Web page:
the Germanic ethnic name for someone from Denmark
DE LA BOULAYE French
This indicates familial origin within the Bourgignon commune of La Boulaye.
DE LA FAIETA Occitan
This indicates familial origin within the Arvernian commune of Ais de la Faieta.
Habitational name for someone from Lagardelle, a place in Haute Garonne.
DE LARRINAGA Basque
Family name of owners of the old Larrinaga Shipping Company that had it's base in Liverpool. Original owner of the Palacio de Larrinaga was Ramon de Larrinaga.
DE LA TORRE Spanish
Topographic name "from (de
) the tower (la torre
)", i.e. someone who lived by a watchtower, "from (de
) the tower (la torre
DE LAURA Italian
Metronymic from the female personal name Laura
(a derivative of Latin laurus
DELEURAN French (Huguenot), Danish
Huguenot surname of unknown origin. This family emigrated to Denmark in the 16th century, and now most members of the family are Danish
DE LÉVIS French
This indicates familial origin within the Orléanais commune of Lévis-Saint-Nom.
DELFINO Italian, Spanish
From the personal name Delfino
, from Latin Delphinus
, from delphis
"dolphin", regarded in medieval times as a symbol of goodness and friendliness.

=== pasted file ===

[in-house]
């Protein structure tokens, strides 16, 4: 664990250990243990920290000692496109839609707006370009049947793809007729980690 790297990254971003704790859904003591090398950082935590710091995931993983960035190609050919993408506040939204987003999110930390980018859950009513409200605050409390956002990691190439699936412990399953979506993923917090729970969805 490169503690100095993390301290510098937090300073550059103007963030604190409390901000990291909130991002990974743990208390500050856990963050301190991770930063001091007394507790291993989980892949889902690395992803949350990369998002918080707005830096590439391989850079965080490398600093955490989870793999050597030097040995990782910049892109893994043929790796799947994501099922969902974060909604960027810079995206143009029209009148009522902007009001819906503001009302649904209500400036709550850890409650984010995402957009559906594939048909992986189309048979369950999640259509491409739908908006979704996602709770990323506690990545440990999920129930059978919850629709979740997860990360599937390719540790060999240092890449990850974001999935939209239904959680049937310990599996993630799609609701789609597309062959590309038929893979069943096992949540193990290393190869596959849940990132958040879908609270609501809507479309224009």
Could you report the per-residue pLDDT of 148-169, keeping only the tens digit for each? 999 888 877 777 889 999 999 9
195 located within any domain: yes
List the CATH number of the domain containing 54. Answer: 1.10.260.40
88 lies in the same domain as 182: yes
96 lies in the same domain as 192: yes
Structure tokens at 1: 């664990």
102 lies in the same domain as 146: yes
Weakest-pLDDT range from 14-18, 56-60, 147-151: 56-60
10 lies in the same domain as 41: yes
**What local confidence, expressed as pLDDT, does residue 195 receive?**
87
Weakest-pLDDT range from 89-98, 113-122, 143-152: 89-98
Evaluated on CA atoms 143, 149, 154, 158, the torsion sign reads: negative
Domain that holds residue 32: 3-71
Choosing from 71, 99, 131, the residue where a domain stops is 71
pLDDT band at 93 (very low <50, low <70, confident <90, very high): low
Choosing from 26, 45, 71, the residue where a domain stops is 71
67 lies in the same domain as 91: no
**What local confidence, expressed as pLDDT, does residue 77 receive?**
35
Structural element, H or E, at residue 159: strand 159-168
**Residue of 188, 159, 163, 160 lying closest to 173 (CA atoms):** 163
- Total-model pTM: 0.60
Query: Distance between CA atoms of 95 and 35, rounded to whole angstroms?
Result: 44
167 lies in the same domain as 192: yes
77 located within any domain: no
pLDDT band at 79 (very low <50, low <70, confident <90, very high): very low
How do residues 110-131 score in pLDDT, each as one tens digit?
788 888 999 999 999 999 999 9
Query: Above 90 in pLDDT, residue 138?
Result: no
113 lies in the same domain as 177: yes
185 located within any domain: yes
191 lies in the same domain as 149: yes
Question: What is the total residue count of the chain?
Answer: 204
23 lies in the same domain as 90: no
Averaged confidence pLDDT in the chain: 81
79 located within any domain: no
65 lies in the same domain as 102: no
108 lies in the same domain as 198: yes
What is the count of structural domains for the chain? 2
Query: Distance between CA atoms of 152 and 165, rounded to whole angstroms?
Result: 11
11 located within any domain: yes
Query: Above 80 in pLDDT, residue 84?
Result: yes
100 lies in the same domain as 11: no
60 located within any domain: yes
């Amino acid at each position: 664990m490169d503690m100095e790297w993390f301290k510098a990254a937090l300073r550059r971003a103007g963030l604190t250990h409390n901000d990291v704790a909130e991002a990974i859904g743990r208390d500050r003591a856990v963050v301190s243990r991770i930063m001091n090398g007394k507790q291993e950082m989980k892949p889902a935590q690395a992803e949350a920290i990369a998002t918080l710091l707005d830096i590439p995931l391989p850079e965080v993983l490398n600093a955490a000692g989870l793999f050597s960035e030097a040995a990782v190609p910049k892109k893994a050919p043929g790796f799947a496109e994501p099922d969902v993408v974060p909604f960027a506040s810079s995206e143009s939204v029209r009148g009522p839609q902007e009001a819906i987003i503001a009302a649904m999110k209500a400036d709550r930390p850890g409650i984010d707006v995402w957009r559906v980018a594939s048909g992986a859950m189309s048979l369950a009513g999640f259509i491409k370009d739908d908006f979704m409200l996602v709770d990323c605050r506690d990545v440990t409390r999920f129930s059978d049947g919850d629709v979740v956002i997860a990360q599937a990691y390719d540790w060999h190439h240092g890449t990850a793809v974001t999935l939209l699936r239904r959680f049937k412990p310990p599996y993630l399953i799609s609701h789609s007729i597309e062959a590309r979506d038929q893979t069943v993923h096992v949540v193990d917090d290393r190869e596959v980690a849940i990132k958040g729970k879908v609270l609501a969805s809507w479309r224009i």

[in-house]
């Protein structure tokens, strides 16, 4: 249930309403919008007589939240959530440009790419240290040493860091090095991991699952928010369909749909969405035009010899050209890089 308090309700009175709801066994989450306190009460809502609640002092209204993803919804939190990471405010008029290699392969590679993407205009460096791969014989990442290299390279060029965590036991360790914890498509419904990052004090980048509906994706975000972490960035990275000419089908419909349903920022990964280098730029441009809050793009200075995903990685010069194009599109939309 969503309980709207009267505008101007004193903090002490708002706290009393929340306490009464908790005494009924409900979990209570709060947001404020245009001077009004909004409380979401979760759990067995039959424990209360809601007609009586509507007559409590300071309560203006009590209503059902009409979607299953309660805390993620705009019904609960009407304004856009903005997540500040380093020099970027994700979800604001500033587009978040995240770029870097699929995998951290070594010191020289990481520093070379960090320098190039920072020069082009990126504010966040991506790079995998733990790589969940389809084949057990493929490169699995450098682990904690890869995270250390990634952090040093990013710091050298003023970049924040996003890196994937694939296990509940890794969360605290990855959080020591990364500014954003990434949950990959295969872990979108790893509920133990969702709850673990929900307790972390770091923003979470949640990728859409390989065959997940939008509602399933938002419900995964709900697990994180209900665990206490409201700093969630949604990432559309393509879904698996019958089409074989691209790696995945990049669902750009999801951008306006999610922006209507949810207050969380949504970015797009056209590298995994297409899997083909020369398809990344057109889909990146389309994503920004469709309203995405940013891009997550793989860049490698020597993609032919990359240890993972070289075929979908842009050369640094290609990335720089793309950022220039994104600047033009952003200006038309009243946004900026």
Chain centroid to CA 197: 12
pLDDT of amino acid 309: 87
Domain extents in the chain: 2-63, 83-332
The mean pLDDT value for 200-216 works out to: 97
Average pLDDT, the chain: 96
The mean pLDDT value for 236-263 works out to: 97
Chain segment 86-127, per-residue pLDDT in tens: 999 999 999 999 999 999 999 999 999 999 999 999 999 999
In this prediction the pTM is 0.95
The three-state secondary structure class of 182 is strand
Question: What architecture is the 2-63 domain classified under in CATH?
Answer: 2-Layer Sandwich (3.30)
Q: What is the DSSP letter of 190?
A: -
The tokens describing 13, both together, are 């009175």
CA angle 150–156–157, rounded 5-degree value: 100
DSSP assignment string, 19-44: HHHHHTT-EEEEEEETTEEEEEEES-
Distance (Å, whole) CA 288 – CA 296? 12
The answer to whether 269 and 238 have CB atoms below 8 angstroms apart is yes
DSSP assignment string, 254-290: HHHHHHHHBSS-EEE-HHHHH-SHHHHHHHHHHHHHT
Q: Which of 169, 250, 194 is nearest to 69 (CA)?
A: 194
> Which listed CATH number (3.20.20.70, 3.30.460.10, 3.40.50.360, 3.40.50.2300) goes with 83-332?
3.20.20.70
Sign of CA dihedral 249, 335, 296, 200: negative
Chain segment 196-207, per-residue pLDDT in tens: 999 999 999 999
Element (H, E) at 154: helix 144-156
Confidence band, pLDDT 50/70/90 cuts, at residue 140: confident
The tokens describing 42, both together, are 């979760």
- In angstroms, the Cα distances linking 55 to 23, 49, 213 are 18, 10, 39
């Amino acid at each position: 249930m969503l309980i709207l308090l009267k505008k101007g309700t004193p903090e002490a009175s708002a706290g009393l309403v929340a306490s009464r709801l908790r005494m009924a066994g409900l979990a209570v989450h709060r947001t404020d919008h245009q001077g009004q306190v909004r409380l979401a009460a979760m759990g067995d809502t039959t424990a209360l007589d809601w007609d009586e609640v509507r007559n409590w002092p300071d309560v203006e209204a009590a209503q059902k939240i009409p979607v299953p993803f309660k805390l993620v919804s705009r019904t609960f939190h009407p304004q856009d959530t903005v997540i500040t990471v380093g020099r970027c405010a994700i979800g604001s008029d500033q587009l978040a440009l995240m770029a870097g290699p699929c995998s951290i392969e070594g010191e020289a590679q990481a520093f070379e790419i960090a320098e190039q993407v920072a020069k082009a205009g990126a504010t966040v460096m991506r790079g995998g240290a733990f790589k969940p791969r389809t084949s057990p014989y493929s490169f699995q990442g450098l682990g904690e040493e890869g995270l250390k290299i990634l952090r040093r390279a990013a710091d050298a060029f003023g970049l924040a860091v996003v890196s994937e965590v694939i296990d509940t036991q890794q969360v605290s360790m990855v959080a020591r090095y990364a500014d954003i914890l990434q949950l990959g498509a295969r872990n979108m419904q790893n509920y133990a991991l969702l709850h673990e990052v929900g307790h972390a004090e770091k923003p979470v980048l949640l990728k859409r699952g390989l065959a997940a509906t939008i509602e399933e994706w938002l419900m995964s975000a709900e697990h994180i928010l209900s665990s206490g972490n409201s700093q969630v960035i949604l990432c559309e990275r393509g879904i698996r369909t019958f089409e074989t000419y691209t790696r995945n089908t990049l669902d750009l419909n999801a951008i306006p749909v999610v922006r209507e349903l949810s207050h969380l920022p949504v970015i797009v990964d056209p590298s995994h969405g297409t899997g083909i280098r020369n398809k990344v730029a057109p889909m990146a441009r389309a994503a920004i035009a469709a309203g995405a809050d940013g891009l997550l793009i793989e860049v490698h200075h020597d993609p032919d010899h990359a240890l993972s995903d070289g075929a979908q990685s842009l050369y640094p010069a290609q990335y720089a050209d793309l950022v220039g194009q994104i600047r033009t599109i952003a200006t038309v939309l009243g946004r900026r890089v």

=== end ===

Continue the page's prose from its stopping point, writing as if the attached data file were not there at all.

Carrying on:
DE LIMA Spanish
"de Lima" is the surname given to the people who lived near the Limia River (Lima in portuguese) on the Province of Ourense, an autonomous community of Galicia, located at the northwest of Spain. The root of the name is Don Juan Fernandez de Lima, maternal grandson to the King Alfonso VI de León (1040-1109).
From De L'Isle, "of the Isle, from the Isle" in French.
DEL RÍO Spanish
Topographic name for someone "from the (del
) river or stream (río
DEL RIO Spanish
Means "from the river". Topographic name for someone living near a river or a stream.
Metronymic from the female personal name Maria, or name for a devotee of the Virgin Mary.
From French meaning "of the seas". A famous bearer of this surname was Modeste Demers, a bishop in 18th century Vancouver.
It's an occupational word coming from Latin. It means "master". It is of French origin.